Iowa woman gets probation after shooting man in hospital ER

Iowa woman gets probation after shooting man in hospital ER
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It’s actually worse than the headline might lead you to believe. The woman in question is a convicted felon, which means she wasn’t allowed to possess that firearm at all, much less use it to shoot someone.

Yet despite those inconvenient facts, a judge in Davenport, Iowa gave 21-year old G’Sani Natric Bogan one heck of a deal when she appeared in court this week after pleading guilty back in April to charges of being a felon in possession of a firearm and reckless use of a firearm.

On Wednesday, Judge Mark Fowler sentenced her to five years in prison on both charges and ordered the sentences to run concurrently, or at the same time. The judge then suspended the prison sentence and placed her on three years of probation, court records show.

Bogan will not have to serve the prison sentence if she completes probation.

… Also Wednesday, Fowler revoked Bogan’s deferred sentence in an unrelated heroin case and sentenced her to a suspended 10-year prison sentence and placed her on three years of probation. The sentence will run concurrently to the sentences in the shooting case, court records show.

Seriously? How much heroin are we talking about that Bogan was eligible for a ten-year sentence; twice as long as the one she received for shooting a guy in the leg with a gun she wasn’t legally allowed to possess?

I guess it doesn’t really matter, since the end result was a total of three years probation for all charges.

The gun charges stemmed from a fight in the lobby of a Davenport hospital emergency room back in March. Witnesses reported that Bogan and a man identified as 20-year old Fahsheed Rush were fighting, and after Rush punched Bogan in the face, she responded by shooting him twice in the leg. Rush was originally charged with misdemeanor assault, but the charges were dropped. Given that there was surveillance footage of the fight, it sounds like the video evidence demonstrated that Bogan was the initial aggressor.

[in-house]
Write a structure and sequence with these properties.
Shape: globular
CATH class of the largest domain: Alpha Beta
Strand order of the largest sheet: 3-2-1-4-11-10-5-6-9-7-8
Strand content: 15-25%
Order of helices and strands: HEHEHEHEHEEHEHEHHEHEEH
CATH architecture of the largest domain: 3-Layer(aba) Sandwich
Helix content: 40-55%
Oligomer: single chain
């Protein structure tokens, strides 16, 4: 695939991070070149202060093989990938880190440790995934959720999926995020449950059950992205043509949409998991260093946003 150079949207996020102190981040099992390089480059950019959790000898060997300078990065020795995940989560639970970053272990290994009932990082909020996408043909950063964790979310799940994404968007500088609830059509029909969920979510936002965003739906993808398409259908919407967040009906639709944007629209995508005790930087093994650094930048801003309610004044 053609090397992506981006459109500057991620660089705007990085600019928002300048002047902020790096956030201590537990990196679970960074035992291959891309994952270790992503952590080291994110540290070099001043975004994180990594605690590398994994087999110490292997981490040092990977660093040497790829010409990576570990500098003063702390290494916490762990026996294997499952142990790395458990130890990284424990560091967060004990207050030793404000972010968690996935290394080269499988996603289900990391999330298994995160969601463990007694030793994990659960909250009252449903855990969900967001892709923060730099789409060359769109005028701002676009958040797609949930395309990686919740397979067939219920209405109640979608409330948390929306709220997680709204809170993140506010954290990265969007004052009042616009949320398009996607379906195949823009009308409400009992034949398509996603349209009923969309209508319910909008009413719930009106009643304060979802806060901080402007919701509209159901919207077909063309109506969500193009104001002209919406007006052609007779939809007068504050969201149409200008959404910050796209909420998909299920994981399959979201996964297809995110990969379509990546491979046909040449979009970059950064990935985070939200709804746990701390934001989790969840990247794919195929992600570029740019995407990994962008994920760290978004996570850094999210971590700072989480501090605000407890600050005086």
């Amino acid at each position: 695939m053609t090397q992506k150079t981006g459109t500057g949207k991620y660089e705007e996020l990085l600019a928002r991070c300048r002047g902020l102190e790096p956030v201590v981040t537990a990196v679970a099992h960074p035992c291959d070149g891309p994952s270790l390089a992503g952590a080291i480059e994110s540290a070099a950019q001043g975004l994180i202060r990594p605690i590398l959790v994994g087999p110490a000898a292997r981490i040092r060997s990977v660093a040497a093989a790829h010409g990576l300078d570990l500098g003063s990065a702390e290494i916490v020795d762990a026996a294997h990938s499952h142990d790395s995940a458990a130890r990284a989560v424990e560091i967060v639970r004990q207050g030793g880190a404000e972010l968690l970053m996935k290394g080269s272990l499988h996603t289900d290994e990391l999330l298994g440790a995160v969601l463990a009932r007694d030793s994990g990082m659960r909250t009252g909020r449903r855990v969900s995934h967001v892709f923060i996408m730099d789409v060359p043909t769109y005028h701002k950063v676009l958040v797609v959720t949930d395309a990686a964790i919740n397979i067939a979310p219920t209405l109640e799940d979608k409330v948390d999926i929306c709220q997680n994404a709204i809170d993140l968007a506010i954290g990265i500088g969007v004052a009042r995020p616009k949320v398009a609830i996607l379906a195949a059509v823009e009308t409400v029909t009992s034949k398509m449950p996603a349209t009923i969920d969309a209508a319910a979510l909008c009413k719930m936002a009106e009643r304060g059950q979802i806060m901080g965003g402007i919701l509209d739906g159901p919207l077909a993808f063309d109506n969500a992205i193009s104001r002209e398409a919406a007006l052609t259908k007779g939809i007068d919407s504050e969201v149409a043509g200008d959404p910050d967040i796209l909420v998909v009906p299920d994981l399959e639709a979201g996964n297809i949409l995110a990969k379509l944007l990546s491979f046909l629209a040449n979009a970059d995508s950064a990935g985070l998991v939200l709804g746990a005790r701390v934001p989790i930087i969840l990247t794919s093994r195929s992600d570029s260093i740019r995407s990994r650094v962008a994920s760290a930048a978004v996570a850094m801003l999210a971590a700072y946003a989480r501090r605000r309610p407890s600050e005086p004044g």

Iowa has pretty good laws when it comes to protecting the Second Amendment, but it has the same problems as every other state when it comes to the criminal justice system; too many plea deals resulting in too many violent offenders walking away with a slap on the wrist.

There’s also a big difference between state and federal court. While Bogan, for instance, was avoiding time behind bars after shooting someone in the leg with a gun she wasn’t allowed to own, a Waterloo man who accidentally shot his neighbor’s garage while he was on probation for robbery learned that he’ll will be spending the next couple of years in federal prison for being a felon in possession of a firearm.

Judge C.J. Williams on Friday sentenced Seyveion Marchelle James Hayes, 22, to two years and three months in federal prison on a charge of felon in possession of a firearm.

The sentence is to run consecutive to any sentence handed down in the probation revocation hearing.

Authorities allege Hayes was at a friend’s house at 1818 Mulberry St. on May 23, 2020, and was looking at his friend’s guns – a 7.62 mm Russian Mosin Nagant bolt-action rifle, a 7.62 mm Century Arms VSKA military-style rifle and a 12-gauge Stevens 320 shotgun.

He was also handling the shotgun in the backyard and accidentally triggered the weapon, which damaged the neighbor’s garage, according to court records.

Now, Hayes also compounded his trouble by getting caught with a stolen handgun a year later, but as far as I know he didn’t actually shoot anyone with it. Because federal courts tend to take these types of cases more seriously, though, he’s going to prison while Bogan, whose case wasn’t referred to federal court, is walking free.

Gun control activists in Iowa, meanwhile, are bleating about the state’s Constitutional Carry law and trying to defeat a change to the state’s constitution that would offer more protection to the right to keep and bear arms rather than demand “reasonable” and “commonsense” actions to ensure that violent criminals face actual consequences for their misdeeds. Cases like Bogan’s aren’t even on their radar, because their primary target are the state’s legal, law-abiding gun owners.